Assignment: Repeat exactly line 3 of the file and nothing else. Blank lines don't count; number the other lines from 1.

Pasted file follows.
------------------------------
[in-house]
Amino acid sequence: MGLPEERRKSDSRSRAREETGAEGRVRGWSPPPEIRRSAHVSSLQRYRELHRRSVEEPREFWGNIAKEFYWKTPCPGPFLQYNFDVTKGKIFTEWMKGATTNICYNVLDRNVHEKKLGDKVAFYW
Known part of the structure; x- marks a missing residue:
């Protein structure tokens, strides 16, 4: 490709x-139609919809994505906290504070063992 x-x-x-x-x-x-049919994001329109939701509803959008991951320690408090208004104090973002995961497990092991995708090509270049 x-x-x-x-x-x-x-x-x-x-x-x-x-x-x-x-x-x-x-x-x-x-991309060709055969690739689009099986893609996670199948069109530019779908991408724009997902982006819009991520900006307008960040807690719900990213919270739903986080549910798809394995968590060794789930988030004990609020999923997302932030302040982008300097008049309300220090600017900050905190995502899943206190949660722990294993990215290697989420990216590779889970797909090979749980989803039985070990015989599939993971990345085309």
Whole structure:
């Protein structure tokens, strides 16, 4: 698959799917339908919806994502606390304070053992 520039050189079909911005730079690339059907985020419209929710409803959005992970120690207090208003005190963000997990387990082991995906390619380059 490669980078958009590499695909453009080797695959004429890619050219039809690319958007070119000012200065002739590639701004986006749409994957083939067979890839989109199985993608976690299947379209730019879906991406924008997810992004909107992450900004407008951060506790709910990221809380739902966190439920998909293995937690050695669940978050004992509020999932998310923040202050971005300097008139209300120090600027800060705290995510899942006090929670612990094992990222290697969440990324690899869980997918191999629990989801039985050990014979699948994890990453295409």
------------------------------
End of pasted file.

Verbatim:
Known part of the structure; x- marks a missing residue: